Mike Lane works in the Test and Analysis Branch at the Kennedy Space Center (KSC, in Florida). He works in the Prototype Lab, where one-of-a-kind designs are created and tested for feasibility.
Lane was a fixture at the MATE Center’s first annual national student ROV design and building competition, held at the KSC in May 2002, because the Prototype Lab – and Lane, in particular – played a big part in helping to set up the event. “NASA is involved in a lot of community outreach,” Lane explains, “so part of our work is to help with these kinds of events.”
Some of the projects he has worked on with the Prototype Lab include new designs for vehicles, launch pad integrations, and ‘everything in between.’ “My job is to conduct data acquisition on new devices – to see if they work to the engineers’ design specifications,” Lane explains. “I work hand-in-hand with the engineers to solve problems that come up during the design process.”
"I work hand-in-hand with the engineers to solve problems that come up during the design process"
Lane has a two-year A.S. degree in electronic engineering technology (communications) from Brevard Community College (BCC), a MATE educational partner, a degree that he says was a good educational path for this job. “Everything I learned was relevant to my current job,” he explains. “In particular, it helped me in knowing how to use electronic test equipment and with programming computers and the math that goes with that.”
Lane’s job lets him work in a lot of different fields and on different projects. Currently, he is working on a project to study a fish spawning site. As part of his work, he has designed and built a unit that can listen to fish spawning down to 1,000 meters.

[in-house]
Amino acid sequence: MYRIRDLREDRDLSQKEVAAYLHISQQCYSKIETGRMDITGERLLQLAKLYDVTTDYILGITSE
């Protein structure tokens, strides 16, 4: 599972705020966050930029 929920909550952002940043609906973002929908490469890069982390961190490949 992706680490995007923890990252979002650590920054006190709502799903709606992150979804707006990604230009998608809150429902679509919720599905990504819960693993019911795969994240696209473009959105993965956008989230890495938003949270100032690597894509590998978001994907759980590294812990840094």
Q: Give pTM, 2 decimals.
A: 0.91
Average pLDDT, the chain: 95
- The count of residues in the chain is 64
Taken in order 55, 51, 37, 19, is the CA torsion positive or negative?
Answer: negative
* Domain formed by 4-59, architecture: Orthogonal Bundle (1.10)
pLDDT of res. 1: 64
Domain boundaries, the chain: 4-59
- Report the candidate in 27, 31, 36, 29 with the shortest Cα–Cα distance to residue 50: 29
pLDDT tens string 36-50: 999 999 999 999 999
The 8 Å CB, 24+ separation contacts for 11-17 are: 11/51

The most enjoyable part of his job is knowing that he’s working on historic, first-time projects. “I love working on things that have never been built before and seeing them come to life,” Lane says.
"Jobs don’t come to you; if you have a specific interest, you must go after it"
“Computers, computers, computers...” That’s how Lane responds when asked what the most important skills are for his job. He credits the co-op program he participated in at BCC with helping him obtain his practical computer skills. In the program, students worked for a company during one school term and then returned to school for the next term. “It took a little longer to get through school, but the experience was invaluable,” Lane says. He also points out that, after graduation, students are often hired by the companies at which they did their co-op work, because the companies don’t want to lose the training investment they’ve made. In addition, students can get college credit for the work.
Lane’s advice for students who want to do similar work is to go out and beat the bushes. “Talk to people in the field you’re interested in and find out how they got there,” he suggests. “Jobs don’t come to you; if you have a specific interest, you must go after it.”
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